Mille Lacs is a relatively shallow lake whose bottom features various mud flats, or underwater plateaus where walleyes often congregate in summer. Hellem had positioned his boat over 3-Mile Flat, while Twin Pines' other three launches were a short distance away, on Banana Flat.
Slip-bobber fishing is the preferred angling method on launches, in part because it helps avoid tangles among anglers. As a bonus it's among the lake's best walleye-hooking strategies.
At a virtual bath-like 80 degrees on recent days, Mille Lacs' surface temperature concerns the DNR, because the number of fish that die after being caught and released rises with lake temperatures.
"We're not too worried about it yet,'' said Brad Parsons, DNR fisheries section chief. "We're at about 55 percent of our 87,800-pound allocation. That's less than where we were at this point the last couple of years.''
This spring, between May 15 and May 31, the DNR allowed Mille Lacs anglers to keep one walleye between 21-23 inches (or one over 28 inches). No harvest was allowed in June, and walleye fishing was shuttered altogether on Mille Lacs between July 1-July 15.
When walleye fishing restarted on the big lake July 16, June's no-harvest rule was reinstituted until at least mid-September, when anglers might again be allowed to take one walleye between 21 and 23 inches.
Parsons said Mille Lacs has seen slightly less angling pressure this summer compared with the past two summers. The walleye catch rate is also down — .56 walleye per angling hour in June, compared with .88 and 1.1 per hour the past two summers.
"But at .56 the catch rate is still good,'' Parsons said. "On most of our other large lakes, it's about .2 per hour.''
"Fish on!'' Hellem shouted, as he and his first mate, 16-year-old Kolby Sahr of Aitkin, rushed to the boat's bow, where Mari Sorensen of Plymouth was fighting a 19.5-inch smallmouth bass.
Fishing with her boyfriend, Alex Yurevich, and dad, Peter Sorensen, both also of Plymouth, Mari had already boated a dandy walleye. She seemed happy to return her catches to the lake.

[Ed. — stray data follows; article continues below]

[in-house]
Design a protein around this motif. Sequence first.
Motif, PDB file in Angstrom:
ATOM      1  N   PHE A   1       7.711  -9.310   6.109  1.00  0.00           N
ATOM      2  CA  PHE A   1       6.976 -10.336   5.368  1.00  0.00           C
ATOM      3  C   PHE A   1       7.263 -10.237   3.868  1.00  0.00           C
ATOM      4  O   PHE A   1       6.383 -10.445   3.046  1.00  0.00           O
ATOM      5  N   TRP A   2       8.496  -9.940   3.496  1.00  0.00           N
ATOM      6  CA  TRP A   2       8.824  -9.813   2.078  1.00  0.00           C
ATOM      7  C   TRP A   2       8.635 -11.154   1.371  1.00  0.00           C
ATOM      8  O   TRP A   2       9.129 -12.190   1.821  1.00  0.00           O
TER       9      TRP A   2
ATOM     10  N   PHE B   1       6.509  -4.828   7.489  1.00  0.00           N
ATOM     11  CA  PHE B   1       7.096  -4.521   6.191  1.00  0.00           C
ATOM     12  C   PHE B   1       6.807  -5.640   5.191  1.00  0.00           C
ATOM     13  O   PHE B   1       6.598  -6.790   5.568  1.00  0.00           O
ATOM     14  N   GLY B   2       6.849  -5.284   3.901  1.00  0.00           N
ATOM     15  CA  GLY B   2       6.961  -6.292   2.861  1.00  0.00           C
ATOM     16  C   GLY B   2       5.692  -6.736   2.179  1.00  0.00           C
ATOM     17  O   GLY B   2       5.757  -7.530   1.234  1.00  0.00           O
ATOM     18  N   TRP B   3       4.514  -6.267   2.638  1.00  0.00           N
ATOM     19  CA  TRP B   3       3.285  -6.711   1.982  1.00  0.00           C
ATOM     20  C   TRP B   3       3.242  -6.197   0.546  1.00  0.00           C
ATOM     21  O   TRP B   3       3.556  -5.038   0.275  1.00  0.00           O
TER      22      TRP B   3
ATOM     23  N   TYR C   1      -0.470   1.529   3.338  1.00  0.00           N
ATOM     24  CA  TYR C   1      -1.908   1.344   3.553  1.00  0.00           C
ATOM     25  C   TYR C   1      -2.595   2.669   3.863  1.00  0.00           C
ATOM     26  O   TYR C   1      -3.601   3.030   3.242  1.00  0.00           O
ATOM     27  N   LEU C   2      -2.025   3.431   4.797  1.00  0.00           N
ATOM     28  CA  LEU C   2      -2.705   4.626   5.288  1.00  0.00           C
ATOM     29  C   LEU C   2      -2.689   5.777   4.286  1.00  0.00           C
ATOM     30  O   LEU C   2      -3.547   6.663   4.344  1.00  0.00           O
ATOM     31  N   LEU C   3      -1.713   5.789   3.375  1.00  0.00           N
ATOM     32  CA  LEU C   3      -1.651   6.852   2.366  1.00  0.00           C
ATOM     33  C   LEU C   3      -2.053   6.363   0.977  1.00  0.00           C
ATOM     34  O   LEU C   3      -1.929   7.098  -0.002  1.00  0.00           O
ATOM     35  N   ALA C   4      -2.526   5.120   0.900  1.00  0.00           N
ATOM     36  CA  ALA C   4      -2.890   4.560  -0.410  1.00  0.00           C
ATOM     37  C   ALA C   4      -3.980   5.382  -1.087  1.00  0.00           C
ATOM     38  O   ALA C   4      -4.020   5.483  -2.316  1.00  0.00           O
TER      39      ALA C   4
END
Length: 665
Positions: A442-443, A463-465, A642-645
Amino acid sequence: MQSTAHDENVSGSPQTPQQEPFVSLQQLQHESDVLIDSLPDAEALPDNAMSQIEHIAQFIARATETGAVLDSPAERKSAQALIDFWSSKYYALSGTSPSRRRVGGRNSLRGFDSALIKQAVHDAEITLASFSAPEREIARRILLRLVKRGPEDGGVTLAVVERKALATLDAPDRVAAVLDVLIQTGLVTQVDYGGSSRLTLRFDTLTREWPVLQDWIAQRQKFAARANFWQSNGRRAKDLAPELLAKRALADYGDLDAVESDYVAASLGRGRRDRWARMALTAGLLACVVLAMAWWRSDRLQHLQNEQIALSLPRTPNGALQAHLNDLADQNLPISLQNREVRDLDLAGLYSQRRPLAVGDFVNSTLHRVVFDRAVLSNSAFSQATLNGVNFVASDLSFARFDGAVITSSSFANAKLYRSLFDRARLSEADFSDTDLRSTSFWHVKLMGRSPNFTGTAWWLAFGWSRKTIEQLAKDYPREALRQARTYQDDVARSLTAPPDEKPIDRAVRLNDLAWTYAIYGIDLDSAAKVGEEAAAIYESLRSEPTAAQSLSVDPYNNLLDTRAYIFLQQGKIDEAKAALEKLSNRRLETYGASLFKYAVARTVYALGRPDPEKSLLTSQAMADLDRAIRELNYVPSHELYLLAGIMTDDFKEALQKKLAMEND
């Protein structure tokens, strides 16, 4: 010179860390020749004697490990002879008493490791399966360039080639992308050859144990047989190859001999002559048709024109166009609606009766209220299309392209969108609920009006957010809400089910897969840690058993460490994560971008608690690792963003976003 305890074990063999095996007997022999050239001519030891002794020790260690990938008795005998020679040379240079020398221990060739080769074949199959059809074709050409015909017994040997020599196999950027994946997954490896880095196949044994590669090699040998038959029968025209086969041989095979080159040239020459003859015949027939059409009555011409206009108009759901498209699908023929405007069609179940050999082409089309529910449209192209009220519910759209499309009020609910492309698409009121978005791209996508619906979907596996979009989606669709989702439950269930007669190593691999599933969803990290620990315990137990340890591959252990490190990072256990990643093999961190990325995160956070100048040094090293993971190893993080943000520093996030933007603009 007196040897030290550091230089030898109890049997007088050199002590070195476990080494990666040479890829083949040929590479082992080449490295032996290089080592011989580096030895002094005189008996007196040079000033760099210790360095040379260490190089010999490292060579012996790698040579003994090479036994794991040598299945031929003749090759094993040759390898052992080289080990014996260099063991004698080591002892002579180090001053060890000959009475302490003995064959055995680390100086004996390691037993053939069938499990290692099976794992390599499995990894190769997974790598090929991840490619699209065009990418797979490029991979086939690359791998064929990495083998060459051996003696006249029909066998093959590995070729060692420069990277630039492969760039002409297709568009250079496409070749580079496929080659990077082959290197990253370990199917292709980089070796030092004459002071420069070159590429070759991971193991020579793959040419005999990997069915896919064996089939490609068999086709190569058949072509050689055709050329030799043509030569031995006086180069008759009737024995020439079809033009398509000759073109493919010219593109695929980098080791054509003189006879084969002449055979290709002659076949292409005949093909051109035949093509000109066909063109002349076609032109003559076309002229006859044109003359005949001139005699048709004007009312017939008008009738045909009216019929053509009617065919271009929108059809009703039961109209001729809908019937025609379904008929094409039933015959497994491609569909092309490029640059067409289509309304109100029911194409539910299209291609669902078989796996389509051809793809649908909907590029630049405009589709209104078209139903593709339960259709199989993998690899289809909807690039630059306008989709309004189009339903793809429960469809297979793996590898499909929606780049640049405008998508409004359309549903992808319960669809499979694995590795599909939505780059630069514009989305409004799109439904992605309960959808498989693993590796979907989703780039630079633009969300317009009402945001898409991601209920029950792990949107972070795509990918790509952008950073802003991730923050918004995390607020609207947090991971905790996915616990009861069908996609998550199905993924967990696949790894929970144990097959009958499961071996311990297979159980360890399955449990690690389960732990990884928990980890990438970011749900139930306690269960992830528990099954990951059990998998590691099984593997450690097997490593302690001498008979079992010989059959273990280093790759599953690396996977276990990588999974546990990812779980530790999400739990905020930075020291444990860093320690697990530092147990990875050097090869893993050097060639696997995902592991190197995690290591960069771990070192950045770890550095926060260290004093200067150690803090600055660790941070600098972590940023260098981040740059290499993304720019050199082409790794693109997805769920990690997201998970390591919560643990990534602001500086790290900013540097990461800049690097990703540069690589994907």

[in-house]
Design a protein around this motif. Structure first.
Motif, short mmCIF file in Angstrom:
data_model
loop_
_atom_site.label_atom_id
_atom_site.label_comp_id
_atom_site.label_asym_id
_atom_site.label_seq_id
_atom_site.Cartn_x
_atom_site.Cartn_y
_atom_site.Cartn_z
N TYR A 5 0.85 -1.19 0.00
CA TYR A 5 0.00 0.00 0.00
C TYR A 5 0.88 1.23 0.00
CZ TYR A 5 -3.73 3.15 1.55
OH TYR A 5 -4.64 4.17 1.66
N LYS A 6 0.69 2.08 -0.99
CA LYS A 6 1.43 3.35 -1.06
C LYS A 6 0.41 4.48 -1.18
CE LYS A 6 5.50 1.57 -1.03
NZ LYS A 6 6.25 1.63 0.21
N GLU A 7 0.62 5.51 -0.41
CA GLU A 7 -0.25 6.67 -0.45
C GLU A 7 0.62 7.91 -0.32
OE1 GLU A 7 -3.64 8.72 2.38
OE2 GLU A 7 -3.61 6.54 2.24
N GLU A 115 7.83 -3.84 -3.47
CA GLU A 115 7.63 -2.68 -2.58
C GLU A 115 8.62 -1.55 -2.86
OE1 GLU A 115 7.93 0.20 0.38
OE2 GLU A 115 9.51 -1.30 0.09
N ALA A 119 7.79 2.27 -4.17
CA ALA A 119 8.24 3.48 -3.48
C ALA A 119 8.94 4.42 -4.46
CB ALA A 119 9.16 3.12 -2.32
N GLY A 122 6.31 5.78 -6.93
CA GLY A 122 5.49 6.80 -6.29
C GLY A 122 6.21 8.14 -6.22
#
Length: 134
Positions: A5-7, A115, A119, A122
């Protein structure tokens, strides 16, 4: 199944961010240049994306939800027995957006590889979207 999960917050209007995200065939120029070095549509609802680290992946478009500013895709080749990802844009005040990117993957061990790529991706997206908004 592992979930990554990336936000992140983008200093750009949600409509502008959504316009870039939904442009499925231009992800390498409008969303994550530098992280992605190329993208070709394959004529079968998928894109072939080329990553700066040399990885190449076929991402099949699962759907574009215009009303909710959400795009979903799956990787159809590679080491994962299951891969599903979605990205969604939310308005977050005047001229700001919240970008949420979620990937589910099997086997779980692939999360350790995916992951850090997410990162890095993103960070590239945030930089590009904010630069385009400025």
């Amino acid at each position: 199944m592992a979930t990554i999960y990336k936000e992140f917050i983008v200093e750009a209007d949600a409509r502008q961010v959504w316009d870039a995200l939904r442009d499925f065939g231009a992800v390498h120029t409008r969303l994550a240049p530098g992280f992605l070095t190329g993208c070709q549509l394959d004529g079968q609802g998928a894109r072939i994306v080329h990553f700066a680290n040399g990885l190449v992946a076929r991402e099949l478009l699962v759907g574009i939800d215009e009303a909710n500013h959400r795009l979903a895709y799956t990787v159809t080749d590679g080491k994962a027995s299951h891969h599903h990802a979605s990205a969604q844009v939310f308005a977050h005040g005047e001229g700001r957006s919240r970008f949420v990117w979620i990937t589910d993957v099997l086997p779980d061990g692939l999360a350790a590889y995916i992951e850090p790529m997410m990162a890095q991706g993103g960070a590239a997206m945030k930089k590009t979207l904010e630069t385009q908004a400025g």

This "new generation'' of Mille Lacs anglers is welcomed by resorts and other businesses, said Linda Eno, who with her husband, Bill, owns Twin Pines Resort and launch service,
"It's great that they come to Mille Lacs to fish on a launch or out of their own boats and they are willing to throw their fish back,'' she said "We've chased away people who won't do it, who want to keep fish. They've changed their fishing traditions and have gone to other lakes.''
The emergence of so many walleye anglers for whom harvest isn't a primary consideration might be unique nationwide. Muskie anglers almost uniformly return their catches to the water, as do many bass anglers. But walleyes are one of the tastiest fish on the planet, and the fact that so many anglers — admittedly, many of them casual — are willing to buy a license and pay a boat or guide fee to catch and release walleyes perhaps suggests a sea change in fresh-water angling — and management.
The phenomenon is even more pronounced on Mille Lacs in winter. More than 3 million angling hours were registered on the lake during the cold-weather months of 2019-2020, a record.
"Fish on!'' Hellem again bellowed, an exclamation that would echo across the launch more than 50 times while the group was on the water.
The focus of his attention was Shawn Jagow of Lakeville, whose fishing rod arched in a neat half-circle. Soon enough, a walleye showed itself near the surface and Hellem scooped it up with a long-handled net and handed it to Jagow.
With which she posed, smiling broadly, before releasing.